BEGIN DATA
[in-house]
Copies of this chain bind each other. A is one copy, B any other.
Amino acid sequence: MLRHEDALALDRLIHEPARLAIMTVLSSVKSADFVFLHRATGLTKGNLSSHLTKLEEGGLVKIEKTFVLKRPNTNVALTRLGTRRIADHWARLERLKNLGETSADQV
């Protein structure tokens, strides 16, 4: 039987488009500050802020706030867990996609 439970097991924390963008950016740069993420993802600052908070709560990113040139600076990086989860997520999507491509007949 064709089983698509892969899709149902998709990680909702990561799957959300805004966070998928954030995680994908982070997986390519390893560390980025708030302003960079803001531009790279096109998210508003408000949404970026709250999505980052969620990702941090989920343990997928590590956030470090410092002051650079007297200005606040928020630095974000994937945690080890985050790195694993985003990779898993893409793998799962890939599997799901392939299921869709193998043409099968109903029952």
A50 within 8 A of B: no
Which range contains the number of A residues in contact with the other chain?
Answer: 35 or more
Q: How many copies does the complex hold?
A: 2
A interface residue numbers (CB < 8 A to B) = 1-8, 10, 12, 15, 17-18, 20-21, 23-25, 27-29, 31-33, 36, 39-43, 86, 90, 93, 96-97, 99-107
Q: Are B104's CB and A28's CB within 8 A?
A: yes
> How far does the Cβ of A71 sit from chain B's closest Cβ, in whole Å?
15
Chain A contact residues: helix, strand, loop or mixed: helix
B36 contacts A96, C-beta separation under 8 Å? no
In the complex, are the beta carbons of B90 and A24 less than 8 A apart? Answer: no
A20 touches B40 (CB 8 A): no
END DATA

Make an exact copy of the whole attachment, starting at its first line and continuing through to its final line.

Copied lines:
[in-house]
Copies of this chain bind each other. A is one copy, B any other.
Amino acid sequence: MLRHEDALALDRLIHEPARLAIMTVLSSVKSADFVFLHRATGLTKGNLSSHLTKLEEGGLVKIEKTFVLKRPNTNVALTRLGTRRIADHWARLERLKNLGETSADQV
């Protein structure tokens, strides 16, 4: 039987488009500050802020706030867990996609 439970097991924390963008950016740069993420993802600052908070709560990113040139600076990086989860997520999507491509007949 064709089983698509892969899709149902998709990680909702990561799957959300805004966070998928954030995680994908982070997986390519390893560390980025708030302003960079803001531009790279096109998210508003408000949404970026709250999505980052969620990702941090989920343990997928590590956030470090410092002051650079007297200005606040928020630095974000994937945690080890985050790195694993985003990779898993893409793998799962890939599997799901392939299921869709193998043409099968109903029952």
A50 within 8 A of B: no
Which range contains the number of A residues in contact with the other chain?
Answer: 35 or more
Q: How many copies does the complex hold?
A: 2
A interface residue numbers (CB < 8 A to B) = 1-8, 10, 12, 15, 17-18, 20-21, 23-25, 27-29, 31-33, 36, 39-43, 86, 90, 93, 96-97, 99-107
Q: Are B104's CB and A28's CB within 8 A?
A: yes
> How far does the Cβ of A71 sit from chain B's closest Cβ, in whole Å?
15
Chain A contact residues: helix, strand, loop or mixed: helix
B36 contacts A96, C-beta separation under 8 Å? no
In the complex, are the beta carbons of B90 and A24 less than 8 A apart? Answer: no
A20 touches B40 (CB 8 A): no